Dramatic improvements in quantum-dot performance
February 5, 2013
- uniform sizes and shapes;
- bright emissions, producing close to 100 percent emission efficiency;
- a very narrow peak of emissions, meaning that the colors emitted by the particles can be precisely controlled;
- elimination of a tendency to blink on and off, which limited the usefulness of earlier quantum-dot applications.
Recent research has focused on “the properties we really need to enhance [dots’] application as light emitters, which are the properties that the new results have successfully demonstrated, says Moungi Bawendi, the MIT Lester Wolfe Professor of Chemistry. The new quantum dots, for the first time, he says, “combine all these attributes that people think are important, at the same time.”
Quantum dots — in this case, a specific type called colloidal quantum dots — are nanoscale particles of semiconductor material that are so small that their properties differ from those of the bulk material:
They are governed in part by the laws of quantum mechanics that describe how atoms and subatomic particles behave.
When illuminated with ultraviolet light, the dots fluoresce brightly in a range of colors, determined by the sizes of the particles. They have the potential for many applications, but have faced a series of hurdles to improved performance.
First discovered in the 1980s, these materials have been the focus of intense research because of their potential to provide significant advantages in a wide variety of optical applications and in creating energy-efficient computer and television screens.
While such displays have been produced with existing quantum-dot technology, their performance could be enhanced through the use of dots with precisely controlled colors and higher efficiency.
Multicolored biological dyes
One potential application of great interest to researchers is as a substitute for conventional fluorescent dyes used in medical tests and research. Quantum dots could have several advantages over dyes, including the ability to label many kinds of cells and tissues in different colors because of their ability to produce such narrow, precise color variations. But the blinking effect has hindered their use: In fast-moving biological processes, you can sometimes lose track of a single molecule when its attached quantum dot blinks off.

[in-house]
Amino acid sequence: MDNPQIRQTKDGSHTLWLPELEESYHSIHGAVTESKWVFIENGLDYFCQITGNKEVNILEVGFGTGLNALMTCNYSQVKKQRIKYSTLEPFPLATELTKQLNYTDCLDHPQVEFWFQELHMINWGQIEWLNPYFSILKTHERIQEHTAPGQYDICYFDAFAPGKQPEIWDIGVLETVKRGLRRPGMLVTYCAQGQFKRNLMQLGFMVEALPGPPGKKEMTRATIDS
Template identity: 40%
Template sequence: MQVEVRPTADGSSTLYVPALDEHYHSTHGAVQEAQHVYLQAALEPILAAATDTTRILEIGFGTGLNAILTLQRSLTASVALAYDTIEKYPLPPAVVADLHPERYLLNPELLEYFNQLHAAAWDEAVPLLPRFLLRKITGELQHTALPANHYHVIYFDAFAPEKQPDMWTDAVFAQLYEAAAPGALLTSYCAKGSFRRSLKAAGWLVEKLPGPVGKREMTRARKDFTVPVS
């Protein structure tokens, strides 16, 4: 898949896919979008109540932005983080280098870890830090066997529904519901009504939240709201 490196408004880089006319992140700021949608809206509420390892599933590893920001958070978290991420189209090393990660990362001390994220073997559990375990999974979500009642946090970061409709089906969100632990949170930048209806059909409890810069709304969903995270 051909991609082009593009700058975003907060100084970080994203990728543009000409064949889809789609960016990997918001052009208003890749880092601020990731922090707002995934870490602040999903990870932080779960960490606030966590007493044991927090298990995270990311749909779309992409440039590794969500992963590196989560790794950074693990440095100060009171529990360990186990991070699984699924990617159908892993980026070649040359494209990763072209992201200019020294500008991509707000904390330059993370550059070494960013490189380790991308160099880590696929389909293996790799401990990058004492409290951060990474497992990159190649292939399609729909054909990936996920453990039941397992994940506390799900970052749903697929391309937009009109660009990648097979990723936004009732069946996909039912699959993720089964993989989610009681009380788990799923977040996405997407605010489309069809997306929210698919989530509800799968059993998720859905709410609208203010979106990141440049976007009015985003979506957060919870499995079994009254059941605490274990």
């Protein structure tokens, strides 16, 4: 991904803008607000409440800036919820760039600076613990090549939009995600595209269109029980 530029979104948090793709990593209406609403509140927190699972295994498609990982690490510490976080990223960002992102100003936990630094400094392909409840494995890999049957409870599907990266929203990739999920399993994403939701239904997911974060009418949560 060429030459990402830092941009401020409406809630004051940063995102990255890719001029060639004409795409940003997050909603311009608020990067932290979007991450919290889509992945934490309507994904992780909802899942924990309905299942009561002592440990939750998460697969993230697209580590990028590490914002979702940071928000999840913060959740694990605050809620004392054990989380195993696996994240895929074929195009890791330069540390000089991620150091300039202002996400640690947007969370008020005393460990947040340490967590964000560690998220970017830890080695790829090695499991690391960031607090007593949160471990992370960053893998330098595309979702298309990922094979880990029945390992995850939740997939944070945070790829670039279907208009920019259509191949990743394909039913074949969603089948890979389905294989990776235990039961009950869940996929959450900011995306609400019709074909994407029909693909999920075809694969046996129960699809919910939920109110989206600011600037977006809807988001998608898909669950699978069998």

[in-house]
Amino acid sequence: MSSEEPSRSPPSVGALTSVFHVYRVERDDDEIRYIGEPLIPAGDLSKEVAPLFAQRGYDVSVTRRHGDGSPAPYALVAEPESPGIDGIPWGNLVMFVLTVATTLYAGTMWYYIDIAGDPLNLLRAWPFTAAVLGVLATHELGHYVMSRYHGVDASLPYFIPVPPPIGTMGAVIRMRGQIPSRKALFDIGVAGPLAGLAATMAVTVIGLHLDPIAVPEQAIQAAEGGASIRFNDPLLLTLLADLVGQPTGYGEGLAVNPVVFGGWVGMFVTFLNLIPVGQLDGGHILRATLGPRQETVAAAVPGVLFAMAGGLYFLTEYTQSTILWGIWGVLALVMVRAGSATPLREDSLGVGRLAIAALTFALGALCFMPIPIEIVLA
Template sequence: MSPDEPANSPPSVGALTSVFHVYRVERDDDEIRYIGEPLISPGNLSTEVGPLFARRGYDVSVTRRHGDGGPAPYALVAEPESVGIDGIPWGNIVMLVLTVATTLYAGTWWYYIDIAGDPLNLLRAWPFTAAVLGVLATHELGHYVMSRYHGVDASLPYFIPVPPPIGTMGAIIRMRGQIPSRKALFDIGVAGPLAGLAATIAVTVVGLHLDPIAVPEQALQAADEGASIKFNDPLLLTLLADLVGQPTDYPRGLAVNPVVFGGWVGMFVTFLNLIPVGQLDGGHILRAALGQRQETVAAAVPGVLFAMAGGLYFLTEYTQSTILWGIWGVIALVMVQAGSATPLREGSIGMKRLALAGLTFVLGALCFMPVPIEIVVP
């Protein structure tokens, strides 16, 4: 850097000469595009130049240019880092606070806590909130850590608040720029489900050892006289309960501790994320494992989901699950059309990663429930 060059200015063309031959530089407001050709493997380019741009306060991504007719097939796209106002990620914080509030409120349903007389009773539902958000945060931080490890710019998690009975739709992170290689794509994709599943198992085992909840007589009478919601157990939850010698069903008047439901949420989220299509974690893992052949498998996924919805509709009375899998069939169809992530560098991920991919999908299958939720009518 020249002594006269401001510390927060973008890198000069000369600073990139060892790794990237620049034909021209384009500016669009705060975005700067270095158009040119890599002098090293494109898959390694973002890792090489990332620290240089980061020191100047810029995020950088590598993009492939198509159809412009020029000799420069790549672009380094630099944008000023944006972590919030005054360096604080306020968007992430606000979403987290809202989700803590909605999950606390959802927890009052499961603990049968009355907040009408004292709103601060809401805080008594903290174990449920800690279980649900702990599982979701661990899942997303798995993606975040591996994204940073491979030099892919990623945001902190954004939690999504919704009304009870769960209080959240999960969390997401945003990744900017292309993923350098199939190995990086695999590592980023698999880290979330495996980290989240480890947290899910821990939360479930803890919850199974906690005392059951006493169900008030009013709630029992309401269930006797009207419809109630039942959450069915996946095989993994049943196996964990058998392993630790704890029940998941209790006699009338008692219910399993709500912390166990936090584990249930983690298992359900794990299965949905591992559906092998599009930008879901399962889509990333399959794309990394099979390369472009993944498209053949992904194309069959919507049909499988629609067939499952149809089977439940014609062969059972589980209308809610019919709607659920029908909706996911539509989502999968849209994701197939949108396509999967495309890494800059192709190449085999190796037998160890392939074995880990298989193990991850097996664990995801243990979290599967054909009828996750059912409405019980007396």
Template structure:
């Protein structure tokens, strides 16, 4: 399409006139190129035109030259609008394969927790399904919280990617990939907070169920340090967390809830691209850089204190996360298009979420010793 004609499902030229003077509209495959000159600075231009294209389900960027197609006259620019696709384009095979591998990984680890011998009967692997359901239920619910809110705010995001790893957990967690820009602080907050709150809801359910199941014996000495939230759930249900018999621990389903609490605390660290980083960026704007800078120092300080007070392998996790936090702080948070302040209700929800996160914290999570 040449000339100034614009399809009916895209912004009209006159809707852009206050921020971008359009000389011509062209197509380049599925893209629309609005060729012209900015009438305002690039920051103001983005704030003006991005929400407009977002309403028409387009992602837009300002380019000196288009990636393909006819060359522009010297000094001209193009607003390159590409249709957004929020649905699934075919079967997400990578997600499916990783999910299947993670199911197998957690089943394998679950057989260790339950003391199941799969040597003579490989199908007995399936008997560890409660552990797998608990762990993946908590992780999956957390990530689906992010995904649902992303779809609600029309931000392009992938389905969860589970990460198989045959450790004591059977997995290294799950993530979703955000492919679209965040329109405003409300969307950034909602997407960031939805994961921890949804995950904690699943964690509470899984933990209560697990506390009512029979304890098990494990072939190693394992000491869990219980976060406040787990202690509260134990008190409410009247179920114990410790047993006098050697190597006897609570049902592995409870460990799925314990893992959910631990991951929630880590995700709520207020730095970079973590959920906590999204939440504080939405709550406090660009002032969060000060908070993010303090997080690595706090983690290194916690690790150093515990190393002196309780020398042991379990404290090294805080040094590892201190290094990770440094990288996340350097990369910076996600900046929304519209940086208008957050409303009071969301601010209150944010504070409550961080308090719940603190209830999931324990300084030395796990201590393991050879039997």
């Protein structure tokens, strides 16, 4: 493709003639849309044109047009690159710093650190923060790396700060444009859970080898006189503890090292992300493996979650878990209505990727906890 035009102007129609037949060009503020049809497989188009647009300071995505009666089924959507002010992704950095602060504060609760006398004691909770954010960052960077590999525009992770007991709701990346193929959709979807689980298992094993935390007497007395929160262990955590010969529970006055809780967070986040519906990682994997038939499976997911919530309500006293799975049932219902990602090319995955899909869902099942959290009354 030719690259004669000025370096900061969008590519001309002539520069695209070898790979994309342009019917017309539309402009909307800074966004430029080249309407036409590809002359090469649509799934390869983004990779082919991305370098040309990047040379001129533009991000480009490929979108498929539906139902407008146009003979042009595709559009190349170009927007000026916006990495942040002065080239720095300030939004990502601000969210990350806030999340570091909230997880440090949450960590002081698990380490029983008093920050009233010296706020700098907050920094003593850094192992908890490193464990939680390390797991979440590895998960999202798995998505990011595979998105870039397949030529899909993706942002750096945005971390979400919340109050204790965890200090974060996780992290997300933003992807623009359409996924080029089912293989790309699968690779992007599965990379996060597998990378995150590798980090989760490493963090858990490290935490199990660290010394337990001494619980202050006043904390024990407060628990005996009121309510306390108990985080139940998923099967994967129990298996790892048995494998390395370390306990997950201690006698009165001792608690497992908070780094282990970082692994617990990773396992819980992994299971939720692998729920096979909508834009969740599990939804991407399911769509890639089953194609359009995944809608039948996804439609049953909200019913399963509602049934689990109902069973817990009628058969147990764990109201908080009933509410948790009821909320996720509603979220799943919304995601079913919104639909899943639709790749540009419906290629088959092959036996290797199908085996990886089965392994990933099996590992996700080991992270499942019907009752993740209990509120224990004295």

In the new research, blinking was strongly suppressed, meaning the dots stay “on” 94 percent of the time.
High efficiency, small uniform size
The small size of these new dots is important for potential biological applications, explains Bawendi,. “[Our] dots are roughly the size of a protein molecule,” he says. If you want to tag something in a biological system, he says, the tag has got to be small enough so that it doesn’t overwhelm the sample or interfere significantly with its behavior.
‘The new particles were made with a core of semiconductor material (cadmium selenide) and thin shells of a different semiconductor (cadmium sulfide). They demonstrated very high emission efficiency (97 percent) as well as small, uniform size and narrow emission peaks.
Useful applications in two years
A key factor in getting these particles to achieve all the desired characteristics was growing them in solution slowly, so their properties could be more precisely controlled and to allow every atom to go to the right place, said MIT chemistry postdoc Ou Chen.
The slow growth should make it easy to scale up to large production volumes, because it makes it easier to use large containers without losing control over the ultimate sizes of the particles. Chen expects that the first useful applications of this technology could begin to appear within two years.
Taeghwan Hyeon, director of the Center for Nanoparticle Research at Seoul National University in Korea, who was not involved in this research, says, “It is very impressive, because using a seemingly very simple approach — that is, maintaining a slow growth rate — they were able to precisely control shell thickness, enabling them to synthesize highly uniform and small-sized quantum dots.” This work, he says, solves one of the “key challenges” in this field, and “could find biomedical imaging applications, and can be also used for solid-state lighting and displays.”
In addition to Chen and Bawendi, the team included seven other MIT students and postdocs and two researchers from Massachusetts General Hospital and Harvard Medical School. The work was supported by the National Institutes of Health, the Army Research Office through MIT’s Institute for Soldier Nanotechnologies, and by the National Science Foundation through the Collaborative Research in Chemistry Program.